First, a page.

Sunday, April 08, 2018

What is Steven J. Zipperstein reading?

Featured at Writers Read: Steven J. Zipperstein, author of Pogrom: Kishinev and the Tilt of History.

His entry begins:
James Baldwin’s The Fire Next Time, published in 1963 and which I reread recently, remains surprisingly fresh. This all the more surprising since so much of it is devoted to Baldwin’s dinner with then-Nation of Islam leader Elijah Muhammad which itself provides a brilliant portrait of the underpinnings of African-American rage. Philip Roth’s The Ghost Writer is, on rereading, as crystalline, as gorgeous as the best of...[read on]
About Pogrom, from the publisher:
Separating historical fact from fantasy, an acclaimed historian retells the story of Kishinev, a riot that transformed the course of twentieth-century Jewish history.

So shattering were the aftereffects of Kishinev, the rampage that broke out in late-Tsarist Russia in April 1903, that one historian remarked that it was “nothing less than a prototype for the Holocaust itself.” In three days of violence, 49 Jews were killed and 600 raped or wounded, while more than 1,000 Jewish-owned houses and stores were ransacked and destroyed. Recounted in lurid detail by newspapers throughout the Western world, and covered sensationally by America’s Hearst press, the pre-Easter attacks seized the imagination of an international public, quickly becoming the prototype for what would become known as a “pogrom,” and providing the impetus for efforts as varied as The Protocols of the Elders of Zion and the NAACP. Using new evidence culled from Russia, Israel, and Europe, distinguished historian Steven J. Zipperstein’s wide-ranging book brings historical insight and clarity to a much-misunderstood event that would do so much to transform twentieth-century Jewish life and beyond.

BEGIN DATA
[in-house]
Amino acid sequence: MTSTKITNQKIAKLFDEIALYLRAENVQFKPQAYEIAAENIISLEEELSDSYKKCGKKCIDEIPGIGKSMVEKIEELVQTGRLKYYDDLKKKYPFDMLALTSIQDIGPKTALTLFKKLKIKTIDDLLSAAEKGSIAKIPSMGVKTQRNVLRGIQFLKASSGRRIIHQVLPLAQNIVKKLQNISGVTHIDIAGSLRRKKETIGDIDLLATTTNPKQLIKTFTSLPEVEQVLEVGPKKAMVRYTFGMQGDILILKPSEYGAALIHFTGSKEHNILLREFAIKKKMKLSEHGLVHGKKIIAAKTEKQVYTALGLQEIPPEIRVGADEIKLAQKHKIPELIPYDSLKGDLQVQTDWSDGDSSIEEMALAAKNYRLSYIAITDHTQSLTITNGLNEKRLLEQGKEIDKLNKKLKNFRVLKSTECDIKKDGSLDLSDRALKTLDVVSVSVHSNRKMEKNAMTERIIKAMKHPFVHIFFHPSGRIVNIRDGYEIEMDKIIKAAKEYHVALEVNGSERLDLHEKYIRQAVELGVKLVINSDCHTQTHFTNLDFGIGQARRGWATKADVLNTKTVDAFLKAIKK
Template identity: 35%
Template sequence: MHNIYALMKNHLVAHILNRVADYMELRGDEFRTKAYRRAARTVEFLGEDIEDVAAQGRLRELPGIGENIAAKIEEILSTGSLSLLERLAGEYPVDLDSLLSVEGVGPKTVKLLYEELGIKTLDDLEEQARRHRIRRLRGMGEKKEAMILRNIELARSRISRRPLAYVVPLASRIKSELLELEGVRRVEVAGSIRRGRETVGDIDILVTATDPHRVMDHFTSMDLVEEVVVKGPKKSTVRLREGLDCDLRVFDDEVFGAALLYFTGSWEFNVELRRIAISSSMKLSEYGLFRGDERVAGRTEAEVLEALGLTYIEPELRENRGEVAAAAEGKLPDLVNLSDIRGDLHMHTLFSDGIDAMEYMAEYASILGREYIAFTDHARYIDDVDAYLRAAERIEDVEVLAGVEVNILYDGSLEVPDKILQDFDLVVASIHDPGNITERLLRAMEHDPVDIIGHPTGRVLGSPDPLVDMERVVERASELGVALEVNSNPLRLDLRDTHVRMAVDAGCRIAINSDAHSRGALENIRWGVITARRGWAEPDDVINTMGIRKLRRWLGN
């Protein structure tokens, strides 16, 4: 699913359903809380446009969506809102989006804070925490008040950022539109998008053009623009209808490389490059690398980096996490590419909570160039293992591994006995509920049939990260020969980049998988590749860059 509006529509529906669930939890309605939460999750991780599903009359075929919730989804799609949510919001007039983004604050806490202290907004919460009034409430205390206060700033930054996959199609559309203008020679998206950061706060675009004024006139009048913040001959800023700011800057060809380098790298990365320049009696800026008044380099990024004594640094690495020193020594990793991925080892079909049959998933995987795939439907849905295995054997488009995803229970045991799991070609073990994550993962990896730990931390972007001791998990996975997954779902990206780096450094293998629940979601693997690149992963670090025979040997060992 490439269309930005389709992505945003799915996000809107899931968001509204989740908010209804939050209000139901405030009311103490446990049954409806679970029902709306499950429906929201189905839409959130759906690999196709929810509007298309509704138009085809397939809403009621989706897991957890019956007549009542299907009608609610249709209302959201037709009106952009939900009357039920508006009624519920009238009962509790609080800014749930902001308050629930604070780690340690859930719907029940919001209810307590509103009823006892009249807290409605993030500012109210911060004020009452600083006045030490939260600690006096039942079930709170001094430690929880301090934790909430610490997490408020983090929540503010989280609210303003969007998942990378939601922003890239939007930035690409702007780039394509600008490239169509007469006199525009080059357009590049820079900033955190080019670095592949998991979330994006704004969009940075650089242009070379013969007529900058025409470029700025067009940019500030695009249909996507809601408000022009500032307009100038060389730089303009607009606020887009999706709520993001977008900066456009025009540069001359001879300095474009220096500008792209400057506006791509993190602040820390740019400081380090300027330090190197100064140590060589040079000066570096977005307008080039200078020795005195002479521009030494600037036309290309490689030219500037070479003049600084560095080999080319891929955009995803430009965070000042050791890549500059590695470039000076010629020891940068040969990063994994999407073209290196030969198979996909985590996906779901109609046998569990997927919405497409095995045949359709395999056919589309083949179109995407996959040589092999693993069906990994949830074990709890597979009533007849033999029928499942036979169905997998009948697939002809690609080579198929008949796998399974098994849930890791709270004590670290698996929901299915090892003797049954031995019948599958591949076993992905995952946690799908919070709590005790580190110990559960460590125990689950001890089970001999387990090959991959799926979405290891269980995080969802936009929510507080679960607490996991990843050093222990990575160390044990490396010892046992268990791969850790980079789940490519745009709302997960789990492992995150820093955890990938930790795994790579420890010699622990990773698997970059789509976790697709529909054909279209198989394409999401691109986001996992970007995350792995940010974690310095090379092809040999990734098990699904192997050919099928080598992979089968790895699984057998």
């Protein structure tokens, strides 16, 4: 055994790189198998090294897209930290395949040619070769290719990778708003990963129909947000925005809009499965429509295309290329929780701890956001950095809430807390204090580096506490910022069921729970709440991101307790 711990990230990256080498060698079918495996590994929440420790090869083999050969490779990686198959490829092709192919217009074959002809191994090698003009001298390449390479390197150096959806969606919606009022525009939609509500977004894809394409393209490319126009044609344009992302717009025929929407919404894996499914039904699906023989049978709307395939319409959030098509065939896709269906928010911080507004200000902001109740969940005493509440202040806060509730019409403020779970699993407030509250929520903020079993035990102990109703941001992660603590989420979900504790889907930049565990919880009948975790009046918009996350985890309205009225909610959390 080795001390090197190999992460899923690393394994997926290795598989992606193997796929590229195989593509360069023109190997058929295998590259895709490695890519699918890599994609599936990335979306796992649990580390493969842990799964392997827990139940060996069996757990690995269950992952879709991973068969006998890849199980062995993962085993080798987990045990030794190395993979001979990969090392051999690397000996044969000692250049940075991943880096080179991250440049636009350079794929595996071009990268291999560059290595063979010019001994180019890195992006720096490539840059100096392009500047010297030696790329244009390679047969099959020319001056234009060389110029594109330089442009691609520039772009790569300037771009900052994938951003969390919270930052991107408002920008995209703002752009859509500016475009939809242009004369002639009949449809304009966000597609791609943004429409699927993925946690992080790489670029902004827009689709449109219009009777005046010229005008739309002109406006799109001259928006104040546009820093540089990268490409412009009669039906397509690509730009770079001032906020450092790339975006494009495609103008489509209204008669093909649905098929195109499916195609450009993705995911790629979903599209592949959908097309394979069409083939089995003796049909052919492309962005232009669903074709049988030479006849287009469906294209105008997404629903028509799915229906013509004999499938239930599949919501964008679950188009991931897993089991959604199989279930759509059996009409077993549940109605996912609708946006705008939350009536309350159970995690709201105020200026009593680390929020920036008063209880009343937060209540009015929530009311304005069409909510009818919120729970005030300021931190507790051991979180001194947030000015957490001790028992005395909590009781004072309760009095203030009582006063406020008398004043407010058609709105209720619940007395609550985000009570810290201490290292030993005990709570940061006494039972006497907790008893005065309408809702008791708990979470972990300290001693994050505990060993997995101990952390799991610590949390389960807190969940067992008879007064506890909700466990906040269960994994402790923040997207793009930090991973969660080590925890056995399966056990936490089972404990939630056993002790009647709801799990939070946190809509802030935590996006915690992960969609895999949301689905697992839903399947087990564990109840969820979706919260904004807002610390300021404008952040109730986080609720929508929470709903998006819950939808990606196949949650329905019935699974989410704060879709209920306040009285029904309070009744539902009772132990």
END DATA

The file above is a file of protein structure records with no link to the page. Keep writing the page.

Read about Pogrom: Kishinev and the Tilt of History, and learn more about Steven Zipperstein's scholarship at his Stanford webpage.

Writers Read: Steven Zipperstein.

--Marshal Zeringue